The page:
Julian Walker: Excellent. So and we've seen business travel or the sort of whole business travel industry get off to a relatively slow start this year. Do you think that might affect the numbers for this year? Or do you think it won't make a difference? Because it will either pick up or the projections will still stand?


Dr. Shawn DuBravac: Well, I think, you know, if you look at hotels, they're facing kind of two challenges. Still, occupancy rates and a lot of parts of the world remain below where they were in 2019. So we haven't recovered the occupancy levels that we have, but prices are up significantly. And again, part of that is because costs are up significantly. When you think about you know supply chain costs. So food costs, labor costs, all of these other costs are putting pressure on hotels and their profitability and so they've raised prices also because demand has been strong and so I think moving forward through the remainder of 2023, companies are really balancing demand with higher costs and having to offset some of those higher costs with with higher, you know, higher rates, whether it's airfare, trying to offset higher jet fuel costs and higher labor costs or whether it's hospitality, trying to offset some of those higher costs as well.


Julian Walker: Okay, and do you think we're likely to see any kind of anomalies or outliers come in that could kick things off or surprise the trajectories that we're on, at all, any anomalies that you might like to sort of hazard a spot on?


Dr. Shawn DuBravac: Well, I think if you look to the upside, certainly the opening up of China at the beginning of the year, drove significant demand. And we saw, you know, travel respond, and rates respond as a result of that. And, in fact, APAC, you know, fares were much higher last year than we had anticipated when, you know, when we put out our forecast in the middle of the year, so we had expected, you know, prices, airfare prices to be up, hotel prices to be up. But but not up significantly, partly because of China's strict COVID policies. In fact, when everything was said and done, we still saw hotel rates for broader APAC up almost 30%, you know, comparable with what we saw happening in the rest of the world. Now, as we moved into 2023, we saw China opening up and travel resuming and so I do think that helps to the upside with respect to demand. And so that probably translates into, you know, to somewhat higher prices, at the same time, more capacity will be coming online, especially with respect to airfare. And so that could help moderate some of the, you know, the airfare pressures that we have seen. I think another very big uncertainty is the economy. We're in the midst of what looks like a banking crisis. And that can cause some uncertainty, that can cause some trepidation among travelers and among businesses, who might be wanting to tighten their belts, and restrict business travel. And so anything that ends up restricting business travel, I think, will translate into moderating fares and moderating rates, as demand slows, and businesses are trying to offset that.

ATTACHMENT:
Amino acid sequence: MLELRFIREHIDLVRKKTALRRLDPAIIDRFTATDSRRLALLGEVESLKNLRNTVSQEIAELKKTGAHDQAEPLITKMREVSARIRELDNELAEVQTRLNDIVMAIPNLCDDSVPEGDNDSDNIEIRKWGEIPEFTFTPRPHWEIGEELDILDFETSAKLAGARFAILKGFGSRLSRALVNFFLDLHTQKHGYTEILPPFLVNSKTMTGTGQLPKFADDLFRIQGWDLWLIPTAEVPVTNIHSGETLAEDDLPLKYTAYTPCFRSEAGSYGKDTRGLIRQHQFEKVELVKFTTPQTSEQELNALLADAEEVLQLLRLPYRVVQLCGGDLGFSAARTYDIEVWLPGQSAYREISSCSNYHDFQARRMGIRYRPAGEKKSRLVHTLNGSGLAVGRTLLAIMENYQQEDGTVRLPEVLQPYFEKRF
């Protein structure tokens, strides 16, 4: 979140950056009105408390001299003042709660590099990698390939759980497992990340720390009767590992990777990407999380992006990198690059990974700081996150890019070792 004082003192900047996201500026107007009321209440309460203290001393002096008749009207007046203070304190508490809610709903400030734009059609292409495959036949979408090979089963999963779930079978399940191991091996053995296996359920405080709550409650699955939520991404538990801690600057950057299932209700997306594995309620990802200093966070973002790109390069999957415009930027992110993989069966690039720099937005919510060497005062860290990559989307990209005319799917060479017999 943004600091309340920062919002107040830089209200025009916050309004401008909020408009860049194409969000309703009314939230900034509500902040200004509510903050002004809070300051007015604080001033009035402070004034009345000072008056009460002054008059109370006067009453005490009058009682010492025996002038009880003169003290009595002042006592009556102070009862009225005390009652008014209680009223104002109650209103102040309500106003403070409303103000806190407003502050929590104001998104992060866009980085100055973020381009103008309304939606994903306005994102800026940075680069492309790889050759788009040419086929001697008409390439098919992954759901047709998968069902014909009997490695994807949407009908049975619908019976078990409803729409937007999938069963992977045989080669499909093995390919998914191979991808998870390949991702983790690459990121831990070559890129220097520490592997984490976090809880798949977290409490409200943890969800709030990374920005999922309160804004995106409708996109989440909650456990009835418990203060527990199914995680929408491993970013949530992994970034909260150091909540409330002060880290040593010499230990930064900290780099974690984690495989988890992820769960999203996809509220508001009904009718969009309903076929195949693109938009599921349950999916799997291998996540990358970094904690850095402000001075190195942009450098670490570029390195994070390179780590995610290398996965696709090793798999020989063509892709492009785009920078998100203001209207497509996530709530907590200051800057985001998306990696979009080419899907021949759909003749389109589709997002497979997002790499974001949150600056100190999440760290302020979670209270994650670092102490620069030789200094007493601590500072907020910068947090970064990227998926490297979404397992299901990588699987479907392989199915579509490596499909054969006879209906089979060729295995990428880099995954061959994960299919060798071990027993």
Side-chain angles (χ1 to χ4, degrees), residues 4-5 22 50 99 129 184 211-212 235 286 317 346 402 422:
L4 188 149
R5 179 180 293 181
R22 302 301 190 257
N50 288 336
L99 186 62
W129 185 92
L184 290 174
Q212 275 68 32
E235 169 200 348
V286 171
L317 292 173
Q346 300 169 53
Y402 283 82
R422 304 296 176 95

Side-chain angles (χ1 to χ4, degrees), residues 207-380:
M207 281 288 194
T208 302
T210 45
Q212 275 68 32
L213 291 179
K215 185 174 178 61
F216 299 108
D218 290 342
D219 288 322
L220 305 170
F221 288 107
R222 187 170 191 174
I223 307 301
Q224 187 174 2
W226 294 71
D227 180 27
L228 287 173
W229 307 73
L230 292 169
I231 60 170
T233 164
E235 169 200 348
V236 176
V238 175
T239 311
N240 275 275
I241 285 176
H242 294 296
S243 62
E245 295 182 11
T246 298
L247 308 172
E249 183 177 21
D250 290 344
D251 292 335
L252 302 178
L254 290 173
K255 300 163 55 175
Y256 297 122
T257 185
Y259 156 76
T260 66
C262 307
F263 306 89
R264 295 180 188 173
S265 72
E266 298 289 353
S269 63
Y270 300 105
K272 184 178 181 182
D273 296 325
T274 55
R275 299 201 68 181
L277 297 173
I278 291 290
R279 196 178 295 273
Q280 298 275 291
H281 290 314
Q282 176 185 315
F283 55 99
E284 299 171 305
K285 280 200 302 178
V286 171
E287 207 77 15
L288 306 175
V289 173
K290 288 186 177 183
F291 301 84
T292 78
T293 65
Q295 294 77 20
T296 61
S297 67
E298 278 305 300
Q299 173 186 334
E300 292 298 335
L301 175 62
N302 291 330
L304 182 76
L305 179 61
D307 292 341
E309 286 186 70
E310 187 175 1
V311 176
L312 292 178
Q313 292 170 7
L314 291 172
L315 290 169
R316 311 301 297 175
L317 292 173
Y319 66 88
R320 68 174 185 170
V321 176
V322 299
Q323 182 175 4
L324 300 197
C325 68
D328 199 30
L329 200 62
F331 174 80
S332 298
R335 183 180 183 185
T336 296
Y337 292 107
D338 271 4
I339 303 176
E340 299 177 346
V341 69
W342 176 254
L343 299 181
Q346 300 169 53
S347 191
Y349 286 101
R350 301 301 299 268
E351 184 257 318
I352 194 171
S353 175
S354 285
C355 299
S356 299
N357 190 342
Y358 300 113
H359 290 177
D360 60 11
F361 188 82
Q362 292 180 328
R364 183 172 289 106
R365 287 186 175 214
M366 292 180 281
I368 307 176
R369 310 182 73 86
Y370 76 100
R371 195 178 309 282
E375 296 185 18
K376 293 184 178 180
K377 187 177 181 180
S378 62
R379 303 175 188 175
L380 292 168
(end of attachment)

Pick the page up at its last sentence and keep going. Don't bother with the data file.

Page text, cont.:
Julian Walker: Okay, perfect. Yeah, good stuff. All right. So that's kind of where we are on pricing. And thanks very much for that sort of updaer in those insights, Shawn, We'll, obviously revisit this in a lot more detail when we update the forecast and publish that at the beginning of August. So if we could, can we sort of turn towards AI now, which I alluded to at the beginning. And you know, where I see it, we're kind of at a turning point, there was the report in I think, 2022 from the WEF, that estimated there were probably 85 million jobs could be replaced by machines, as early as 2025. But it also estimated that maybe nearly 100 million new jobs will be created to support this new world economy. And you yourself, came up with a very insightful comment. So technology moves very slowly, until suddenly it doesn't. Do you think we are on the cusp of this huge transformation right now?